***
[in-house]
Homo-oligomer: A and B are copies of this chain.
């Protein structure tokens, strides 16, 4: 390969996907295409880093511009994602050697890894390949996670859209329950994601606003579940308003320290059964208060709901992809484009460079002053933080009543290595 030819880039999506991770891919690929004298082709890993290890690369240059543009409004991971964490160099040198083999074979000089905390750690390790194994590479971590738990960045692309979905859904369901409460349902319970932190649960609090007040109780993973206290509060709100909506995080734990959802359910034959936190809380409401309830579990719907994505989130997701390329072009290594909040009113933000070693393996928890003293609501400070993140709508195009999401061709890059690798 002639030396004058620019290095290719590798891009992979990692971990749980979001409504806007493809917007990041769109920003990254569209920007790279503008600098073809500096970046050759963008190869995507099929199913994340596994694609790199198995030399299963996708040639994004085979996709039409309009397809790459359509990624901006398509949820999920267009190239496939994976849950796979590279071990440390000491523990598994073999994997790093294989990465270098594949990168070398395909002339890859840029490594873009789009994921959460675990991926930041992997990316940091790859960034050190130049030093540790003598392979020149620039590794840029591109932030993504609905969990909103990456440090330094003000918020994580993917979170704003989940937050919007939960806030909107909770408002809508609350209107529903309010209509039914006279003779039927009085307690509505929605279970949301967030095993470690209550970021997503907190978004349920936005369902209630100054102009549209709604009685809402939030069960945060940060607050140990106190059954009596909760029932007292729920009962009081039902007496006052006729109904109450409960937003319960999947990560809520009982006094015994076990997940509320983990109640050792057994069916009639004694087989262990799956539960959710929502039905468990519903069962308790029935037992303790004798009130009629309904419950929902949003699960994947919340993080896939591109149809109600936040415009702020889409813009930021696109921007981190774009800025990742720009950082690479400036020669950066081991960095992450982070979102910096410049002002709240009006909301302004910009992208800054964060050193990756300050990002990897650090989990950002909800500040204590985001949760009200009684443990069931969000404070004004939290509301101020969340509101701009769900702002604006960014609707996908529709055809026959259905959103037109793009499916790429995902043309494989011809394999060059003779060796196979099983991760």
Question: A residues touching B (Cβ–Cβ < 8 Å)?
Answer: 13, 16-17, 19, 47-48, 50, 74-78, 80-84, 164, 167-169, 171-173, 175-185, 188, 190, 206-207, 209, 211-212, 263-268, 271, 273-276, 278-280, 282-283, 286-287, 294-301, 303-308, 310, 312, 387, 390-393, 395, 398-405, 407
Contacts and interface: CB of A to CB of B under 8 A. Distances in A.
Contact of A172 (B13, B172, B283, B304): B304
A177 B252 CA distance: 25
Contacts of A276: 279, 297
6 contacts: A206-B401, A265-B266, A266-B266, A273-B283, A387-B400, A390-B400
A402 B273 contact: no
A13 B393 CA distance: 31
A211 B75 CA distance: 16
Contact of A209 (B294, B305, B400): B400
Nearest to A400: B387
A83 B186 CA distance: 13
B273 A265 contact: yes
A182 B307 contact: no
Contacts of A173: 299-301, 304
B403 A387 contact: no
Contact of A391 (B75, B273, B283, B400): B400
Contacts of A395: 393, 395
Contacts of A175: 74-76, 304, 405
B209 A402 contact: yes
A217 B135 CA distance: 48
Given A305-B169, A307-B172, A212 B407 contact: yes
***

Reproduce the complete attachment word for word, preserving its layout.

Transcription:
[in-house]
Homo-oligomer: A and B are copies of this chain.
């Protein structure tokens, strides 16, 4: 390969996907295409880093511009994602050697890894390949996670859209329950994601606003579940308003320290059964208060709901992809484009460079002053933080009543290595 030819880039999506991770891919690929004298082709890993290890690369240059543009409004991971964490160099040198083999074979000089905390750690390790194994590479971590738990960045692309979905859904369901409460349902319970932190649960609090007040109780993973206290509060709100909506995080734990959802359910034959936190809380409401309830579990719907994505989130997701390329072009290594909040009113933000070693393996928890003293609501400070993140709508195009999401061709890059690798 002639030396004058620019290095290719590798891009992979990692971990749980979001409504806007493809917007990041769109920003990254569209920007790279503008600098073809500096970046050759963008190869995507099929199913994340596994694609790199198995030399299963996708040639994004085979996709039409309009397809790459359509990624901006398509949820999920267009190239496939994976849950796979590279071990440390000491523990598994073999994997790093294989990465270098594949990168070398395909002339890859840029490594873009789009994921959460675990991926930041992997990316940091790859960034050190130049030093540790003598392979020149620039590794840029591109932030993504609905969990909103990456440090330094003000918020994580993917979170704003989940937050919007939960806030909107909770408002809508609350209107529903309010209509039914006279003779039927009085307690509505929605279970949301967030095993470690209550970021997503907190978004349920936005369902209630100054102009549209709604009685809402939030069960945060940060607050140990106190059954009596909760029932007292729920009962009081039902007496006052006729109904109450409960937003319960999947990560809520009982006094015994076990997940509320983990109640050792057994069916009639004694087989262990799956539960959710929502039905468990519903069962308790029935037992303790004798009130009629309904419950929902949003699960994947919340993080896939591109149809109600936040415009702020889409813009930021696109921007981190774009800025990742720009950082690479400036020669950066081991960095992450982070979102910096410049002002709240009006909301302004910009992208800054964060050193990756300050990002990897650090989990950002909800500040204590985001949760009200009684443990069931969000404070004004939290509301101020969340509101701009769900702002604006960014609707996908529709055809026959259905959103037109793009499916790429995902043309494989011809394999060059003779060796196979099983991760």
Question: A residues touching B (Cβ–Cβ < 8 Å)?
Answer: 13, 16-17, 19, 47-48, 50, 74-78, 80-84, 164, 167-169, 171-173, 175-185, 188, 190, 206-207, 209, 211-212, 263-268, 271, 273-276, 278-280, 282-283, 286-287, 294-301, 303-308, 310, 312, 387, 390-393, 395, 398-405, 407
Contacts and interface: CB of A to CB of B under 8 A. Distances in A.
Contact of A172 (B13, B172, B283, B304): B304
A177 B252 CA distance: 25
Contacts of A276: 279, 297
6 contacts: A206-B401, A265-B266, A266-B266, A273-B283, A387-B400, A390-B400
A402 B273 contact: no
A13 B393 CA distance: 31
A211 B75 CA distance: 16
Contact of A209 (B294, B305, B400): B400
Nearest to A400: B387
A83 B186 CA distance: 13
B273 A265 contact: yes
A182 B307 contact: no
Contacts of A173: 299-301, 304
B403 A387 contact: no
Contact of A391 (B75, B273, B283, B400): B400
Contacts of A395: 393, 395
Contacts of A175: 74-76, 304, 405
B209 A402 contact: yes
A217 B135 CA distance: 48
Given A305-B169, A307-B172, A212 B407 contact: yes